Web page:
European scientists are hoping to catch up with the US in developing — and bringing to market — new microarray technology.
With €9 million ($10.9 million) in funding over three years from the European Union, MolTools, a consortium of 15 academic institutes and companies from 10 European countries, plans to advance microarray tools for the analysis of genomes, transcriptomes, proteomes, single molecules, and cells (see www.moltools.org).
“A lot of this technology had its origins in Europe,” said Ulf Landegren, a professor in the department of genetics and pathology at Uppsala University in Sweden, who coordinates the project. “But there is some disappointment that we have not been very effective in launching [this], either academically or commercially, in Europe,” he said. “The commercial exploitation of these technologies has taken place mostly in the United States.”
MolTools is hoping to change this. For a start, the consortium boasts some well-known names in the field, such as Ed Southern of OGT, Joerg Höheisel at DKFZ in Heidelberg, and Hans Lehrach at MPI in Berlin. On the company side, Febit of Germany, Methexis Genomics of Belgium, UK-based OGT, Swedish Åmic, and Fermentas of Lithuania participate. Harvard’s George Church participates, but as a sub-contractor, to comply with EU funding rules.
“The track record is pretty good,” Landegren said. “So by ganging up and working together, we hope that we will be able to more effectively develop new tools.”
Through various collaborations, the consortium plans to develop new tools for resequencing, genotyping, protein analysis, gene expression analysis, single-cell analysis, and cell-based arrays. Some of the technologies will use mass spectrometry instead of microarrays as their platform.
Despite the numerous companies crowding the industry, “I think there is room for tremendous improvement for microarray technologies,” Landegren said. For example, the researchers will try to lower the cost for resequencing arrays and SNP genotyping, which “remains too costly to really undertake the whole genome scans that everybody is hoping for,” he said. Protein arrays, he added, are “only at inception.”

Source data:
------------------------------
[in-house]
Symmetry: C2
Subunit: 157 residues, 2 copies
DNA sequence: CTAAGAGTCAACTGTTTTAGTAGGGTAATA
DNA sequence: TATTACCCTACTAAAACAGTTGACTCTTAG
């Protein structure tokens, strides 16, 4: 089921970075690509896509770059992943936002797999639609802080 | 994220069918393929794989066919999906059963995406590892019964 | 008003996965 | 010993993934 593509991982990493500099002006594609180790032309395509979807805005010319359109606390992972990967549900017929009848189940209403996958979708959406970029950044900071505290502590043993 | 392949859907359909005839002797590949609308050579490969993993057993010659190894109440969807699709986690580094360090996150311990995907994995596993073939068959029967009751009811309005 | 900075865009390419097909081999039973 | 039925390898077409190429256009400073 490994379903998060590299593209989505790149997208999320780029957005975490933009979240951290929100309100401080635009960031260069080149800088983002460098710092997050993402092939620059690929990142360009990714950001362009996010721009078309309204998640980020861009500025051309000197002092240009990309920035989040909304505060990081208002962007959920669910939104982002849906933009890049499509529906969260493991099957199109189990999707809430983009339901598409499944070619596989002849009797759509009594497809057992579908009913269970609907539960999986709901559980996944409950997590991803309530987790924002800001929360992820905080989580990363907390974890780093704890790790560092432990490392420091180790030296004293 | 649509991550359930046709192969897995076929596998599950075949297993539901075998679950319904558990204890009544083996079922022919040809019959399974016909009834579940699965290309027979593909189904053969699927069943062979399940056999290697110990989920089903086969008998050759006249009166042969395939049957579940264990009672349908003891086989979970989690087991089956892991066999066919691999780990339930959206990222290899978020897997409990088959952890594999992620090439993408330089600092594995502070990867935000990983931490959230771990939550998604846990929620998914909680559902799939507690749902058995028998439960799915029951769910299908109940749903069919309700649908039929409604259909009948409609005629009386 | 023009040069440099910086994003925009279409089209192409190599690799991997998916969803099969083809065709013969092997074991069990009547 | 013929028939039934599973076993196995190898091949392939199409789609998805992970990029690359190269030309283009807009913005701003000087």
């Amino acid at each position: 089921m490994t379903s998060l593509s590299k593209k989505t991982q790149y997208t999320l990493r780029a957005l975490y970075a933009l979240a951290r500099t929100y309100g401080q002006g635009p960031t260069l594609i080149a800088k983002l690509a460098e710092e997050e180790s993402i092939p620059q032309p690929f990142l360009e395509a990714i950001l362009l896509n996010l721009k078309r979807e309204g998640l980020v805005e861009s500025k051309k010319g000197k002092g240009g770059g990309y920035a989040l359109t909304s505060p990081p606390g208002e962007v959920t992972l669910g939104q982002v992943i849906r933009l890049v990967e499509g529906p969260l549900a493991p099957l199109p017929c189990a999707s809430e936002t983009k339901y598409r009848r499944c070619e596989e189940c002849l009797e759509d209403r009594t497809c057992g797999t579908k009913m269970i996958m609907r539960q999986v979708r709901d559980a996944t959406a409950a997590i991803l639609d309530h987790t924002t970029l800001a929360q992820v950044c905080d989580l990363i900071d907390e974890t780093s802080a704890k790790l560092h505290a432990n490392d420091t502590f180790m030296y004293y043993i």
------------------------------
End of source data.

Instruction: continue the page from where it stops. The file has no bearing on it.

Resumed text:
However, it is unclear yet how new technologies resulting from the project will reach the market. “The goal is to commercialize what we come up with, but the project does not include specific plans for this,” Landegren said. He hopes new startup companies will spring up, or existing companies will take out licenses.
To foster commercial relationships, Landegren plans to engage companies “that are not actually paid for by this program but that get a privileged position in obtaining insight into what is being done.”
Also, the consortium partners will conduct training courses for academic researchers, the first of which will be held in Uppsala in June, entitled “Advanced Techniques in Molecular Medicine.”
Why have European researchers not been successful in commercializing their ideas at home so far? Landegren believes part of the reason is the funding structure in the US makes it easier to raise money for starting a company there.
Landegren started ParAllele Bioscience in California to commercialize a genotyping technology from his lab, “because we had some problems getting it started here in Europe.”
“Maybe it’s easier in Europe to play around and try some different solutions. But once it’s successful, it often gets shipped to the West,” he said.
It remains to see if MolTools can change this pattern.